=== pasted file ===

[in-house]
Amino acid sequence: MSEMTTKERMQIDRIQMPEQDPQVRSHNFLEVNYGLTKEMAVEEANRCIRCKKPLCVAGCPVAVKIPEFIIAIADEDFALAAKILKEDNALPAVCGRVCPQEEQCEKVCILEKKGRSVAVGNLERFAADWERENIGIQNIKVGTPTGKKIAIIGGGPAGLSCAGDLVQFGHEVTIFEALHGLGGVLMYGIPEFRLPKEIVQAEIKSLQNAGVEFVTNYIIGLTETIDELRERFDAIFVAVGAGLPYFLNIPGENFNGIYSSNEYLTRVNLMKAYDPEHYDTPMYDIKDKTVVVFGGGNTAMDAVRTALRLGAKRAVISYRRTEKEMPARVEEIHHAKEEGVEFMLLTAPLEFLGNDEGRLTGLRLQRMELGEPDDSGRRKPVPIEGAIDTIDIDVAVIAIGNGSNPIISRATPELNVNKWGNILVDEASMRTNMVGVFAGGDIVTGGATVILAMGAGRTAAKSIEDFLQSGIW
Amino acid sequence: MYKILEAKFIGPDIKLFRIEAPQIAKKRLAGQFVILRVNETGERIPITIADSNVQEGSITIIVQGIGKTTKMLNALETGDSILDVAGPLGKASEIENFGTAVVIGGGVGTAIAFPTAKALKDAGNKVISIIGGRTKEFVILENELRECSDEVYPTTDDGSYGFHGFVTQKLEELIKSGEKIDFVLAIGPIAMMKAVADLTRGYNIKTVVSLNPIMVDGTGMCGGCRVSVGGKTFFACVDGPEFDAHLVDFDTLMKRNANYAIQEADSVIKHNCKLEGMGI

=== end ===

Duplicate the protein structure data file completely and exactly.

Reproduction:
[in-house]
Amino acid sequence: MSEMTTKERMQIDRIQMPEQDPQVRSHNFLEVNYGLTKEMAVEEANRCIRCKKPLCVAGCPVAVKIPEFIIAIADEDFALAAKILKEDNALPAVCGRVCPQEEQCEKVCILEKKGRSVAVGNLERFAADWERENIGIQNIKVGTPTGKKIAIIGGGPAGLSCAGDLVQFGHEVTIFEALHGLGGVLMYGIPEFRLPKEIVQAEIKSLQNAGVEFVTNYIIGLTETIDELRERFDAIFVAVGAGLPYFLNIPGENFNGIYSSNEYLTRVNLMKAYDPEHYDTPMYDIKDKTVVVFGGGNTAMDAVRTALRLGAKRAVISYRRTEKEMPARVEEIHHAKEEGVEFMLLTAPLEFLGNDEGRLTGLRLQRMELGEPDDSGRRKPVPIEGAIDTIDIDVAVIAIGNGSNPIISRATPELNVNKWGNILVDEASMRTNMVGVFAGGDIVTGGATVILAMGAGRTAAKSIEDFLQSGIW
Amino acid sequence: MYKILEAKFIGPDIKLFRIEAPQIAKKRLAGQFVILRVNETGERIPITIADSNVQEGSITIIVQGIGKTTKMLNALETGDSILDVAGPLGKASEIENFGTAVVIGGGVGTAIAFPTAKALKDAGNKVISIIGGRTKEFVILENELRECSDEVYPTTDDGSYGFHGFVTQKLEELIKSGEKIDFVLAIGPIAMMKAVADLTRGYNIKTVVSLNPIMVDGTGMCGGCRVSVGGKTFFACVDGPEFDAHLVDFDTLMKRNANYAIQEADSVIKHNCKLEGMGI